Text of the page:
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Can i file a civil suit against a person who has assaulted me

Statesboro, GA |

i am waiting for a court date for an physical assault i received with visible damage.... they basically tell me he will probably just get some anger classes.. this is my father and the first time i had the guts go to the police. do i have any civil recourse ...he has financial means..

im an adult,i had not had contact with my father for ten years before this incident. he was abusive growing up. he threatened me punched me in the face. I got past him and left and went to police. my grandmother was in hospice care. I wanted to file a report but the police took him to jail for a few days then bail was set. my grandmother died 4 days later, The police took pictures of my bleeding lip. I am having problems with nightmares . fulton co. said 6 months to a year before came to docket. we had not spoke for 10 years before this , his choice, i was only at his home because he put her there for hospice care . my real father is my stepfather of 35 years. there will never be any family dinners and i find no humor in this or the way he treated my 110 lb mother and I. It is sad c. lassen that you seem to.

Attorney Answers 5

Posted

Yes, there is a civil claim, called a tort, for battery. In civil cases an actual physical touching is a "battery" not an "assault" The causing of fear of an imminent touching is an "assault" so you probably have both.

This is general advice and does not establish an attorney-client relationship.

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Posted

I agree with my colleague that you likely have an assault and battery claim; however, any potential recovery will be based on whether you received medical treatment for your injuries and how bad your injury is. If you did not receive treatment and do not need treatment then unfortunately, it may not be worth pursuing the matter. Granted, there is the potential for punitive damages but it depends on the circumstances, such as did he strike you once or multiple times, how the incident escalated, etc. You should contact a personal injury attorney in your area to discuss your options. The consultations are generally free, so you have nothing to lose. Good luck.

The information you obtain at this site is not, nor is it intended to be, legal advice. The information provided does not form an attorney-client relationship, and should not be relied upon to take or refrain from taking any action.

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Posted

Maybe. Because of your familial relationship, the answer may depend upon your age or whether you are emancipated. If you are, in fact, a proper party to file suit, you may seek to recover general, special, and punitive damages because assault (actually simple battery or battery in your case) is an intentional tort. Be aware, however, that homeowner's insurance policies generally contain an exclusion for intentional acts, so you need to be careful not to plead your case in a way that results in no insurance coverage, even if the defendant "has financial means." You need to retain a lawyer to help you with that issue.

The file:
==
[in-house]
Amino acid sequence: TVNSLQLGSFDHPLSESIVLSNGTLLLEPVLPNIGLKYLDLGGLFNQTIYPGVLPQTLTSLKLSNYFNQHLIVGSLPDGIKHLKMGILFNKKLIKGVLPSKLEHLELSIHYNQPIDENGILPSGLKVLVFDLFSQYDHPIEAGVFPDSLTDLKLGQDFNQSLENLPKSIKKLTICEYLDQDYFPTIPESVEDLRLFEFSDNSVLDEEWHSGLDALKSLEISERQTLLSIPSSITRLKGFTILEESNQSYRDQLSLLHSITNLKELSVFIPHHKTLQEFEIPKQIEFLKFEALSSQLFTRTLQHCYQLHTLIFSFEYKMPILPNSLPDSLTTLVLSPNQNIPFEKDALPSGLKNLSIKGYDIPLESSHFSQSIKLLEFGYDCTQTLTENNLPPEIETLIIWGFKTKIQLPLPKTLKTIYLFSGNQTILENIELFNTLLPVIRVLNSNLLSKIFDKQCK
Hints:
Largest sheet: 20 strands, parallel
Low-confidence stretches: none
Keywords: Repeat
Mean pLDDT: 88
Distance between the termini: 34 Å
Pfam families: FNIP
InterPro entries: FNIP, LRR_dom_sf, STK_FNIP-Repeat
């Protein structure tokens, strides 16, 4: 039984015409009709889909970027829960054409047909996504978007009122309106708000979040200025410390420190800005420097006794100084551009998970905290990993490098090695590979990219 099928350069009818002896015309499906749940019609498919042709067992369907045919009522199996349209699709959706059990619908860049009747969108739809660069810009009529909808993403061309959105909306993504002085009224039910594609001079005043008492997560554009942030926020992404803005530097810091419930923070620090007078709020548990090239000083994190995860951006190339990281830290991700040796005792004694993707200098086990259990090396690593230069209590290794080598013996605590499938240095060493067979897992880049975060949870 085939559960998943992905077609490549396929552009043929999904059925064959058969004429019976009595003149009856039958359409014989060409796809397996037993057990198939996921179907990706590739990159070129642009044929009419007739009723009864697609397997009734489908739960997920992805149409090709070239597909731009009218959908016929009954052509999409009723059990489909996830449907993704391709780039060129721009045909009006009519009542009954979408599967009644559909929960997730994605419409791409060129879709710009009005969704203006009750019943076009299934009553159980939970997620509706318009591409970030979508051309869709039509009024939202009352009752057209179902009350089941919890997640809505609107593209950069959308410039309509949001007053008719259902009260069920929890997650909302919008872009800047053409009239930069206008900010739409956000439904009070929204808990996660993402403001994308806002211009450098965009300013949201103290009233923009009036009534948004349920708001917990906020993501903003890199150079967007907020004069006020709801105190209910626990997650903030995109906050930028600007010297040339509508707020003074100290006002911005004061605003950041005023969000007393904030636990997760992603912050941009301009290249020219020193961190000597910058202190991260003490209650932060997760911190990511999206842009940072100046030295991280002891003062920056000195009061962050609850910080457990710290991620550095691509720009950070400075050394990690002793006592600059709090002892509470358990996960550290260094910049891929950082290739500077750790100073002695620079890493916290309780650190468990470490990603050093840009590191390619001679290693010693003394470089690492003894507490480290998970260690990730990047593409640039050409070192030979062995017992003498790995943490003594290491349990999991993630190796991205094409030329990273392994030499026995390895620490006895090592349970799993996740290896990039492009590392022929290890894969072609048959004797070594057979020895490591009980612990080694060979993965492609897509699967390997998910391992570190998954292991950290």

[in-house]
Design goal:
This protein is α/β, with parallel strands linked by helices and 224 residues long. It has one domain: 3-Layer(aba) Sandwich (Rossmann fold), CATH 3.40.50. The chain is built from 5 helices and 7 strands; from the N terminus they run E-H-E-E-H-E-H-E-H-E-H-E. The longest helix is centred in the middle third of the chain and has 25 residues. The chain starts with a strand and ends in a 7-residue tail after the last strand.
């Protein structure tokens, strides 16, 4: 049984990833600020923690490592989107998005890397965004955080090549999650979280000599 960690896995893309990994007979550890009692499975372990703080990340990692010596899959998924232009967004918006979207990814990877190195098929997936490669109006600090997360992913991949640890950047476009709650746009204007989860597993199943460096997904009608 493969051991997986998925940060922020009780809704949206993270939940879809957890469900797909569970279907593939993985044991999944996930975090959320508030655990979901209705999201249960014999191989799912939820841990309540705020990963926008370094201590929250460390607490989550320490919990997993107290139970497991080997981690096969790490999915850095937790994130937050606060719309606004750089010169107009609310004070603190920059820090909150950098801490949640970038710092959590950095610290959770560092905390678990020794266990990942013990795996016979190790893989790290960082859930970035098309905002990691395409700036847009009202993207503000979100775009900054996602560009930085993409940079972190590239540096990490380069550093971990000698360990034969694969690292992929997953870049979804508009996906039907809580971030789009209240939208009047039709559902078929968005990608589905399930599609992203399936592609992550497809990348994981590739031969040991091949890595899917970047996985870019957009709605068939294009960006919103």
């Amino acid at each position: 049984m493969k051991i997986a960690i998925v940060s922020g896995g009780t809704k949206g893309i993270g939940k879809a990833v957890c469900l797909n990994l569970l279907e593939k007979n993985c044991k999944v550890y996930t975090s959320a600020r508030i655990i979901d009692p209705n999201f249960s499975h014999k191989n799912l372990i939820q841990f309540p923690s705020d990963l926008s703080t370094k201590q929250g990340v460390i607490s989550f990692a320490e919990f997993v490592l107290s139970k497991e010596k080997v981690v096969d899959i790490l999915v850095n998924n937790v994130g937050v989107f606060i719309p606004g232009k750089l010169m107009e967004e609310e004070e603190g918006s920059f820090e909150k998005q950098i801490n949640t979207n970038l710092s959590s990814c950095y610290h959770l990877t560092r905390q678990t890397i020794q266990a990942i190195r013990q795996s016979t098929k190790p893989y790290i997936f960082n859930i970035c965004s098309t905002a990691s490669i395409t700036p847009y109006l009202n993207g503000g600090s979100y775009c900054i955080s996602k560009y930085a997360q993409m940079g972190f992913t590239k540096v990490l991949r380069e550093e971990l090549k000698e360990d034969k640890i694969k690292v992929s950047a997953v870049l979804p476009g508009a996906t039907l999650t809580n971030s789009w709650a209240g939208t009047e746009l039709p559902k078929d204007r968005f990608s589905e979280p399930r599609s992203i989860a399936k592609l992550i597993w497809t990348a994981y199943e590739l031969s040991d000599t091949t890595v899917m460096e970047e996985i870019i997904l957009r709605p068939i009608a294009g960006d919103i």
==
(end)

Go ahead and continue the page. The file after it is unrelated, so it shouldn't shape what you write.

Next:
Answers to questions on this web site are for informational purposes only and do not constitute legal advice. Unless you and Troy W. Marsh, Jr. have signed a written contract, Troy W. Marsh, Jr. is not your attorney, and you are not his client. www.marshlaw1.com troy@marshlaw1.com

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Posted

You can, if you are 18+ or an emancipated minor.

↓ Mark this answer as "Helpful" or "Best Answer" if you like it. For more information, contact us at www.SteakleyLawFirm.com or (404) 835-7595. The initial consultation is always free for Avvo users.

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1 comment

John Arnold Steakley

John Arnold Steakley

Posted

More victims should do what you want to do.

Posted

Troy Marsh made some good points on the insurance and civil side, which should definitely be kept in mind (that is, about not framing the "intentional" aspect of the claim so much that you wind up "pleading yourself out of coverage." True, because usually insurance does not cover intentional torts. But another perspective is that if it was IN FACT intentional then "call a spade a spade," especially if he has independent financial resources: you do not necessarily have to be overly concerned with losing the possibility of getting insurance money. Just depends on your main goal. Also, while you are considering all of you possible options, I respectfully suggest that you consider getting a Protective Order against him. That is "civil" in nature, but the violation of it can carry criminal and civil ramifications to protect you. I suggest you talk to a family law attorney about that. While the criminal case is going on, I would hope that there are already special conditions of the bond (assuming he bonded out of jail) that state very clearly that he should have no violent or threatening contact with you. The bond conditions might even say that he can have "no contact" with you at all. Check that and make sure you have a certified copy of the bond with you just in case another event arises. If he violates that, he can go back to jail and stay there pending the case. There might be what is called a "victim's advocate" in the prosecutor's office who deals solely with domestic violence victims. They can walk you through these issues. Even if there are bond conditions in place, though, you might want a civil protective order so you can have a little more control over the situation. Consider all angles to regain control over your safety and your life to stop his abuse. I wish you all the best in this difficult situation.

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